All these new studies and scary headlines have created demand for new ways to sit. There are now medicine ball chairs, adjustable chairs, standing desks, treadmill desks (not to mention fetal position desks).
The chair backlash is upon us. Berkeley architecture professor Galen Cranz saw it coming.
In 1998, Cranz published The Chair: Rethinking Culture, Body, and Design.The argument of The Chair, essentially, is that we should stop sitting in chairs. Or at least for so long. Cranz says three hours is the maximum time a body ought to spend sitting each day.
In her own life, Professor Cranz takes innovative chair sitting to another level, by attempting to “eliminate all conventional chairs.” Her house is full of floor cushions, tatami mats, and lots of hybrid chairs, such as a medicine ball on an office chair chassis, and one that looked like a sleek, pared-down horse saddle.
When she’s out in public and gets tired, Cranz opts to kneel, or squat, or lie down. “I lay down in a bank and someone asked me if I was having a heart attack,” Cranz says. “I understand. But I said no, I’m fine, I’m resting because the line is so long!”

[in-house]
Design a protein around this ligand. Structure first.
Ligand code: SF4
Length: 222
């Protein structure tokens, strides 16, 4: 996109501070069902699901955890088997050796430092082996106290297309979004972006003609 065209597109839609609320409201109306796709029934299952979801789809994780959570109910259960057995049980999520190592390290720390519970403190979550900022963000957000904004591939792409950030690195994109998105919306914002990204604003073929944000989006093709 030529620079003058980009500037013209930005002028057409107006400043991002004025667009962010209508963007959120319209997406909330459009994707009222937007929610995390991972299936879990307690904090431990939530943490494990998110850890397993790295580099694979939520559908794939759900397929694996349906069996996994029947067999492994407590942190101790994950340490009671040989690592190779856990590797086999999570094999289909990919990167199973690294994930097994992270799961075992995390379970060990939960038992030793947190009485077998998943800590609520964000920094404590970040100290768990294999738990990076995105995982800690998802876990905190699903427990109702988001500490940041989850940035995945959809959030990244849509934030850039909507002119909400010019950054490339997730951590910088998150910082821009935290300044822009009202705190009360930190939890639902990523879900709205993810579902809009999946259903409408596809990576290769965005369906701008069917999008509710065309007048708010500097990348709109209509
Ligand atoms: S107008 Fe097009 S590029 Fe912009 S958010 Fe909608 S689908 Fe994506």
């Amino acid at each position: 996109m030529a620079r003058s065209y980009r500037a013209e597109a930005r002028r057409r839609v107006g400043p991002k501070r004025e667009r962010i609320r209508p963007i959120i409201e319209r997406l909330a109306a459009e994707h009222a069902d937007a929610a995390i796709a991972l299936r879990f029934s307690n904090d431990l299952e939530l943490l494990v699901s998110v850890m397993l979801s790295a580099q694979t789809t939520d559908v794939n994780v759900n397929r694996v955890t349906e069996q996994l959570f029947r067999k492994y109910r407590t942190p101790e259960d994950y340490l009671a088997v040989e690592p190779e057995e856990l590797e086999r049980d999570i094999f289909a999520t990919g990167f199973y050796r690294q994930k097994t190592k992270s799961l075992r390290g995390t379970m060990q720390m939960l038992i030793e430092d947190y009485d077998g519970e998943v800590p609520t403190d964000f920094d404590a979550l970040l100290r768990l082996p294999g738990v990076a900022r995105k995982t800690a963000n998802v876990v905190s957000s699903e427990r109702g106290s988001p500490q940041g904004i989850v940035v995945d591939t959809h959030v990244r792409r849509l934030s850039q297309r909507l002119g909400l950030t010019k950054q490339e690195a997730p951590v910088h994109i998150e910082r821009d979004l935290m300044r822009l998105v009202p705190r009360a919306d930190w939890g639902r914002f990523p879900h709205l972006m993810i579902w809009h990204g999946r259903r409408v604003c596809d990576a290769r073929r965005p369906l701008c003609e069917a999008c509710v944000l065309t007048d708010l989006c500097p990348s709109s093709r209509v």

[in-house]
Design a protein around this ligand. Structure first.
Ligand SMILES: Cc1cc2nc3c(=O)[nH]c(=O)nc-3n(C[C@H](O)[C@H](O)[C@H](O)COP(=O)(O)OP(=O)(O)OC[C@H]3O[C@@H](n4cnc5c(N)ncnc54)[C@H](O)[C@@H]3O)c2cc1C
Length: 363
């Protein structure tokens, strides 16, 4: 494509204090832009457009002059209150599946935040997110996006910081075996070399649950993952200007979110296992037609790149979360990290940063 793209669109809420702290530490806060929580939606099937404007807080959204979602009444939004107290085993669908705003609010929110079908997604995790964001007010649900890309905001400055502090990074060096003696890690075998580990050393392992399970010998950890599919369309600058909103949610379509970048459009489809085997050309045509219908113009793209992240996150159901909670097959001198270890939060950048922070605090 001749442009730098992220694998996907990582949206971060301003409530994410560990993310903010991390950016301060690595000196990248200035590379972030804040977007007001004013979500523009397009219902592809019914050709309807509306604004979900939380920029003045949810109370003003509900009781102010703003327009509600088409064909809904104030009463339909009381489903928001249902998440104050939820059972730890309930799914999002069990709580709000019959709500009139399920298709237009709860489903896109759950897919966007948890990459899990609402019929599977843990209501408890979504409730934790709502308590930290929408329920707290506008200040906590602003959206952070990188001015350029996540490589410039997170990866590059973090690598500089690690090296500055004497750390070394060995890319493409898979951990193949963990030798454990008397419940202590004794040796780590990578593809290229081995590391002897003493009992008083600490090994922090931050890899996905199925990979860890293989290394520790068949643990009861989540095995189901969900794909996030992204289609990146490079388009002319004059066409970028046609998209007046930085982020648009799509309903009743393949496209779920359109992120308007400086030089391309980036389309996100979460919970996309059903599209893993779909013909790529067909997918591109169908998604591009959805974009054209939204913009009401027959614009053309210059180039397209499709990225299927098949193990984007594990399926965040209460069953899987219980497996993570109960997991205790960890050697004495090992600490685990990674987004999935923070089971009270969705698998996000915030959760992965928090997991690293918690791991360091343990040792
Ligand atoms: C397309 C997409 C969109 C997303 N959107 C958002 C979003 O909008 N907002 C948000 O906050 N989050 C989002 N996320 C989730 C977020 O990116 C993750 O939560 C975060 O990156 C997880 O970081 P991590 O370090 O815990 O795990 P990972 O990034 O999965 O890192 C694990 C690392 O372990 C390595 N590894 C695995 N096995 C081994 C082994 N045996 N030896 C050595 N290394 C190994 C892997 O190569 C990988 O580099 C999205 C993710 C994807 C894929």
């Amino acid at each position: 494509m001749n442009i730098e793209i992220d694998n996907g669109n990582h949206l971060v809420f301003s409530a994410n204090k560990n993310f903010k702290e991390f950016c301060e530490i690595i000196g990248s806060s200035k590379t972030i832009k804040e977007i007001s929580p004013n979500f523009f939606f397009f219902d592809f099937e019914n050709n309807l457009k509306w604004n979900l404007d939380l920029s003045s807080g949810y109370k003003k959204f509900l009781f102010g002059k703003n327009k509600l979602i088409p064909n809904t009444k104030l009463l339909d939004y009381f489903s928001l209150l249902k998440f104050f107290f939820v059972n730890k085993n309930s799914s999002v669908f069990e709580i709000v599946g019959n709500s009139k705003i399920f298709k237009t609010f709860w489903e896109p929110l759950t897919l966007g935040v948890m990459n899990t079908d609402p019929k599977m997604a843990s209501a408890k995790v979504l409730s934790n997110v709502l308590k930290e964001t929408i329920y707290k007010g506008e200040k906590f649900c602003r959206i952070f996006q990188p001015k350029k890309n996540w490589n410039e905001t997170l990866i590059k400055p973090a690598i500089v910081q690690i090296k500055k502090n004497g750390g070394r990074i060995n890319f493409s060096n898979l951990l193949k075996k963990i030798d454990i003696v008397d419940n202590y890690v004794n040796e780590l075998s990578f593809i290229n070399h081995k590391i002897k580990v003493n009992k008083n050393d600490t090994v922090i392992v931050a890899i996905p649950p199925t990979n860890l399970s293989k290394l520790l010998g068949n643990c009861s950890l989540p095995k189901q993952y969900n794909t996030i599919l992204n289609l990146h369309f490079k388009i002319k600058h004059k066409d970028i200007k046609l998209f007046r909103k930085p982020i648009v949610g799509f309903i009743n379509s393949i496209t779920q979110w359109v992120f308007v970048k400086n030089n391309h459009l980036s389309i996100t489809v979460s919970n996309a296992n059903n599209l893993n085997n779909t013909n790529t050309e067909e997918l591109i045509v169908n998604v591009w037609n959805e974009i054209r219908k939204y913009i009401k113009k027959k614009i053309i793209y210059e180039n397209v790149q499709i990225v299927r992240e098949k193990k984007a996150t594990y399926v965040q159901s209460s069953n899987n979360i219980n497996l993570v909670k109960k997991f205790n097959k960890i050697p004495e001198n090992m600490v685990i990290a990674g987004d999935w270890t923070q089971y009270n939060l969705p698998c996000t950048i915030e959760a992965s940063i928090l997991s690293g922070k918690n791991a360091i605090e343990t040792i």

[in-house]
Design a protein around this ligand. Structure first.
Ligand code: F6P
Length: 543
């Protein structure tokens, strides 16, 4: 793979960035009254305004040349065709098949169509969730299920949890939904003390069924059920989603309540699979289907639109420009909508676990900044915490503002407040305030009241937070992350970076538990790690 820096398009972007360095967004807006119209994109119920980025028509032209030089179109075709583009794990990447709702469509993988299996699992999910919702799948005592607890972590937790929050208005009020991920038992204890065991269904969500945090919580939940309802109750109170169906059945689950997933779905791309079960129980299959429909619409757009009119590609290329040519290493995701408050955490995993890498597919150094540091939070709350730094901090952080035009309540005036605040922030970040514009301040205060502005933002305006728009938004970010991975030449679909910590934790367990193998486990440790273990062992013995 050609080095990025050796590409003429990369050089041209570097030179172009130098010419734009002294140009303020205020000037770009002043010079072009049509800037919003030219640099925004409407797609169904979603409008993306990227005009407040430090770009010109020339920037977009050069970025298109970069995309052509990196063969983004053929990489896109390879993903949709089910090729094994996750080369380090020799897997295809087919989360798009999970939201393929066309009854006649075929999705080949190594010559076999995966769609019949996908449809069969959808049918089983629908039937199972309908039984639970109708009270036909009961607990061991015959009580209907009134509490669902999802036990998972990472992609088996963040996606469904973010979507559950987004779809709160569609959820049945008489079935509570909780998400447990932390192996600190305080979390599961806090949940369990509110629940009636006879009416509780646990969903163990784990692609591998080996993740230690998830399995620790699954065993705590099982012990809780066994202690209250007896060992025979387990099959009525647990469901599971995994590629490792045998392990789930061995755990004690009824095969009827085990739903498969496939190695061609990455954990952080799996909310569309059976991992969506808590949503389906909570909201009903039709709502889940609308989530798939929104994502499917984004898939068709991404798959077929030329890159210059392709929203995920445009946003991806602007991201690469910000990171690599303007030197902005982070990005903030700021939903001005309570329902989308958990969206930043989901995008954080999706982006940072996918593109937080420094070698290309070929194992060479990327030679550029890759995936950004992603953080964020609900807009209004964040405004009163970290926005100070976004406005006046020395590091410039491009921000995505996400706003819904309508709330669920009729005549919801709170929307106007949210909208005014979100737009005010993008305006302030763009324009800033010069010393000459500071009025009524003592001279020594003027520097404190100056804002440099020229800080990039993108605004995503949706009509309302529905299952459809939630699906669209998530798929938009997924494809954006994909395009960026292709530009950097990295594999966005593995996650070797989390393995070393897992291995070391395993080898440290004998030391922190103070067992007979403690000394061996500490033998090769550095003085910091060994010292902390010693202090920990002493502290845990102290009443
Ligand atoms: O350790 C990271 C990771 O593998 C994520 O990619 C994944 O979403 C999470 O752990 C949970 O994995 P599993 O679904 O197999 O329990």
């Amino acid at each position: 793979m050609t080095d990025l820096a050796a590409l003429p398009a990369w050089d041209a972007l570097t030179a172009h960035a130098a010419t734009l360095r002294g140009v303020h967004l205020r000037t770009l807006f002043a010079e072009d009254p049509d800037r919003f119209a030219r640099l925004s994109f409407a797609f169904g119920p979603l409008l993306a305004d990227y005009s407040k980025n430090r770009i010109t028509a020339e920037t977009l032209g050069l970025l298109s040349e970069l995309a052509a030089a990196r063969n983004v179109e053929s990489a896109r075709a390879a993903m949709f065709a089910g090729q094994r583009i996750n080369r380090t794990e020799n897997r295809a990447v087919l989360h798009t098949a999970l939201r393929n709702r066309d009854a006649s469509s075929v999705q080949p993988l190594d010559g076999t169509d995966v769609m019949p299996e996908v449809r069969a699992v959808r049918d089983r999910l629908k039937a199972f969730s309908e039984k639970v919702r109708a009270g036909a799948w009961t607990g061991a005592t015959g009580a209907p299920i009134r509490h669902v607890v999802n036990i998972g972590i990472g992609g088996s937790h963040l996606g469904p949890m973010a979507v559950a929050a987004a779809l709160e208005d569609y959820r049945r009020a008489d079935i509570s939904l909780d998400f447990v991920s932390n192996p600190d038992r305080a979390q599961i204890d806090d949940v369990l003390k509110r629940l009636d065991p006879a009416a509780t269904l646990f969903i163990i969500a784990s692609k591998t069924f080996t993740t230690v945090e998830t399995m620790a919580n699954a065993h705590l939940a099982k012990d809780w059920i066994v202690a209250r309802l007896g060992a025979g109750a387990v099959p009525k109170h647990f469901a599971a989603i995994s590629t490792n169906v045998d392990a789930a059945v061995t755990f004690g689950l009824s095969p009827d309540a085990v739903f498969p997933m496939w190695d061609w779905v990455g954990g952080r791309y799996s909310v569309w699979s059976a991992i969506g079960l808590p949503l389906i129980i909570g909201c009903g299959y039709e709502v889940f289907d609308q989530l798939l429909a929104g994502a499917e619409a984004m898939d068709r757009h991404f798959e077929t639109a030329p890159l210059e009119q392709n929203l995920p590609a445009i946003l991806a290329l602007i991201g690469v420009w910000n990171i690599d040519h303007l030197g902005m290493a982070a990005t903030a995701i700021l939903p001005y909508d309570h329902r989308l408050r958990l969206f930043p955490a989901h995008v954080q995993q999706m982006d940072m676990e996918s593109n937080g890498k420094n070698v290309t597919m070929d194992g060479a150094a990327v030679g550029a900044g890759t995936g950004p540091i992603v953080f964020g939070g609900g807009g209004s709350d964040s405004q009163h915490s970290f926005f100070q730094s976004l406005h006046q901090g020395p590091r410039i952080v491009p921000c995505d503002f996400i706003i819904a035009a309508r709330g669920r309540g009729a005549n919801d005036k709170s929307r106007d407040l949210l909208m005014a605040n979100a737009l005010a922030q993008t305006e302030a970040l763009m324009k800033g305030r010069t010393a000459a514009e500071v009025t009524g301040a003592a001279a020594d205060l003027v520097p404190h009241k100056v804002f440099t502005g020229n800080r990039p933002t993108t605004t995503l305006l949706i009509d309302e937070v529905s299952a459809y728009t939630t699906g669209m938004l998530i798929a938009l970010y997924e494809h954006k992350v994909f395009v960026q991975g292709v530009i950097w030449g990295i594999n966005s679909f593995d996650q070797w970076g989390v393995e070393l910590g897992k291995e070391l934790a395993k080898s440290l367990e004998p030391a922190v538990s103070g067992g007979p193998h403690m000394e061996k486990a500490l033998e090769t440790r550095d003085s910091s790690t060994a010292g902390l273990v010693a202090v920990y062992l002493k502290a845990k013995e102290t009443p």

It takes gusto to avoid chairs.
Cranz explains that we all got suckered into the seated position once we got off the farm:
In the 20th century we moved from being an agricultural economy, where most people worked on farms, then we moved into a manufacturing economy, where a lot of people worked in factories. Some sat, some stood to work the machines along the conveyor belts, and then we moved into a service economy. And that seems to be where the chair really took off and became the dominant apparatus for our lives.